Please use this identifier to cite or link to this item: https://scholarhub.balamand.edu.lb/handle/uob/5915
Title: Mental disorders among college students in the World Health Organization World Mental Health Surveys
Authors: Auerbach, R P
Alonso, J
Axinn, W G
Cuijpers, P
Ebert, D D
Green, J G
Hwang, I
Kessler, R C
Liu, H
Mortier, P
Nock, M K
Pinder-Amaker, S
Sampson, N A
Aguilar-Gaxiola, S
Al-Hamzawi, A
Andrade, L H
Benjet, C
Caldas-de-Almeida, J M
Demyttenaere, K
Florescu, S
de Girolamo, G
Gureje, O
Haro, J M
Karam, Elie G
Kiejna, A
Kovess-Masfety, V
Lee, S
McGrath, J J
O'Neill, S
Pennell, B-E
Scott, K
Ten Have, M
Torres, Y
Zaslavsky, A M
Zarkov, Z
Bruffaerts, R
Affiliations: Faculty of Medicine 
Keywords: College attrition
College dropout
Education
Epidemiology
Mental illness
Issue Date: 2016
Publisher: National Library of Medicine
Part of: Psychological Medicine
Volume: 46
Issue: 14
Start page: 2955
End page: 2970
Abstract: 
Background
Although mental disorders are significant predictors of educational attainment throughout the entire educational career, most research on mental disorders among students has focused on the primary and secondary school years.

Methods
The World Health Organization World Mental Health Surveys were used to examine the associations of mental disorders with college entry and attrition by comparing college students (n = 1,572) and nonstudents in the same age range (18–22; n = 4,178), including nonstudents who recently left college without graduating (n = 702) based on surveys in 21 countries (4 low/lower-middle income, 5 upper middle-income, 1 lower-middle or upper-middle at the times of two different surveys, and 11 high income). Lifetime and 12-month prevalence and age-of-onset of DSM-IV anxiety, mood, behavioural and substance disorders were assessed with the Composite International Diagnostic Interview.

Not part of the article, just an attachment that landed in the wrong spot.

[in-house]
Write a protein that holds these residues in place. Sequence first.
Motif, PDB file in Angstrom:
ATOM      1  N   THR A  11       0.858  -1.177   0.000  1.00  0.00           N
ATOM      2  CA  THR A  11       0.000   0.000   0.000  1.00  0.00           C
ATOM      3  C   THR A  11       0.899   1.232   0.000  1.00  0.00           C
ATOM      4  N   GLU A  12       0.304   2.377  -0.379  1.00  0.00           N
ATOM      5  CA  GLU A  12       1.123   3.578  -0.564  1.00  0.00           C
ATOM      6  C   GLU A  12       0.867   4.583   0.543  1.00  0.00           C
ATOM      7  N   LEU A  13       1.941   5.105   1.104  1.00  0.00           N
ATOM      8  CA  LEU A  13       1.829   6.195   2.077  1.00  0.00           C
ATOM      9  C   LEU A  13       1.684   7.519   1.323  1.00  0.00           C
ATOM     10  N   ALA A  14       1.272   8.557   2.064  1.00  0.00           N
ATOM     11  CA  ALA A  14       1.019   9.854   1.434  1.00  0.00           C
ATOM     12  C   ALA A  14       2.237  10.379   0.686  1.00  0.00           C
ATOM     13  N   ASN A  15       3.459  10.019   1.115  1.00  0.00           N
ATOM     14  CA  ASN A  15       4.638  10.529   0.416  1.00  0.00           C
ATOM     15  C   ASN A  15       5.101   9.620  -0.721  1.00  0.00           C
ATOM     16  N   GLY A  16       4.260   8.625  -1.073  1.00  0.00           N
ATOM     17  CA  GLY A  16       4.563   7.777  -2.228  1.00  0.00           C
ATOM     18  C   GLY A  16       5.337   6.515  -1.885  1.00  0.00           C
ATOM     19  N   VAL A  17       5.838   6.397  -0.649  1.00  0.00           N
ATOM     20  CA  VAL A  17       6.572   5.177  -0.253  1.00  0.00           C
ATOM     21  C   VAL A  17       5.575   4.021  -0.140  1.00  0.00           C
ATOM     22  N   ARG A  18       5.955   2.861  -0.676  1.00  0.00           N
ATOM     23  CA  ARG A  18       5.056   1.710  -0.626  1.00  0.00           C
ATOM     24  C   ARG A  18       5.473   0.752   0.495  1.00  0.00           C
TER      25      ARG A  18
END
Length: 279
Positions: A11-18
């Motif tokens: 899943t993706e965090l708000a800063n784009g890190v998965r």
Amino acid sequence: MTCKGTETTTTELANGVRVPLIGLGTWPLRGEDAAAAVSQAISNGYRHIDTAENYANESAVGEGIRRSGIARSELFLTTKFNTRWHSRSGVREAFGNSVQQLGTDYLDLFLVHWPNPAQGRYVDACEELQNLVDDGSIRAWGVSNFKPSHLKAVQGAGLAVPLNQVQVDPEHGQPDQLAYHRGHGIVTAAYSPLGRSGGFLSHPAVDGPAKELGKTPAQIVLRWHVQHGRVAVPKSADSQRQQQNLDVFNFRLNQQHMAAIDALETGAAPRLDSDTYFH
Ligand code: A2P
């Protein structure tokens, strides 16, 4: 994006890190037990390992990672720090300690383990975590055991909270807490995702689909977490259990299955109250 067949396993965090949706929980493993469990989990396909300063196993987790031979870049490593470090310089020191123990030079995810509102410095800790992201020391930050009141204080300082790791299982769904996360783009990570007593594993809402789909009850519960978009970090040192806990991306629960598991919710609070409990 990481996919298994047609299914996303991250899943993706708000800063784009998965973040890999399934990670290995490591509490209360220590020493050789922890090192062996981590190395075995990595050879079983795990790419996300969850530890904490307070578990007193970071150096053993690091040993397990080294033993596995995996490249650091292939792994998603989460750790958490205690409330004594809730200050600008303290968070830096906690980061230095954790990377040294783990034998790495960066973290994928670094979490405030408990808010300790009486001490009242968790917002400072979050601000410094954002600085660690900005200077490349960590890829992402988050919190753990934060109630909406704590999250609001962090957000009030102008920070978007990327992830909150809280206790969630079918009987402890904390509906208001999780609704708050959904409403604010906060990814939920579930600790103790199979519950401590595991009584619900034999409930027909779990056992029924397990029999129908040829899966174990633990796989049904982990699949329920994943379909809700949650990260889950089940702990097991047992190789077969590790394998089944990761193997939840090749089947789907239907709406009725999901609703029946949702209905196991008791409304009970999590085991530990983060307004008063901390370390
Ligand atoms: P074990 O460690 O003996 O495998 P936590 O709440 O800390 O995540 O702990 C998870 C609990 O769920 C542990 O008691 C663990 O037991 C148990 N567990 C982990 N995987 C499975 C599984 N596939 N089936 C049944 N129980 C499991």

Results
One-fifth (20.3%) of college students had 12-month DSM-IV/CIDI disorders. 83.1% of these cases had pre-matriculation onsets. Disorders with pre-matriculation onsets were more important than those with post-matriculation onsets in predicting subsequent college attrition, with substance disorders and, among women, major depression the most important such disorders. Only 16.4% of students with 12-month disorders received any 12-month healthcare treatment for their mental disorders.

Conclusions
Mental disorders are common among college students, have onsets that mostly occur prior to college entry, in the case of pre-matriculation disorders are associated with college attrition, and are typically untreated. Detection and effective treatment of these disorders early in the college career might reduce attrition and improve educational and psychosocial functioning.
URI: https://scholarhub.balamand.edu.lb/handle/uob/5915
ISSN: 00332917
DOI: 10.1017/S0033291716001665
Open URL: Link to full text
Type: Journal Article
Appears in Collections:Faculty of Medicine

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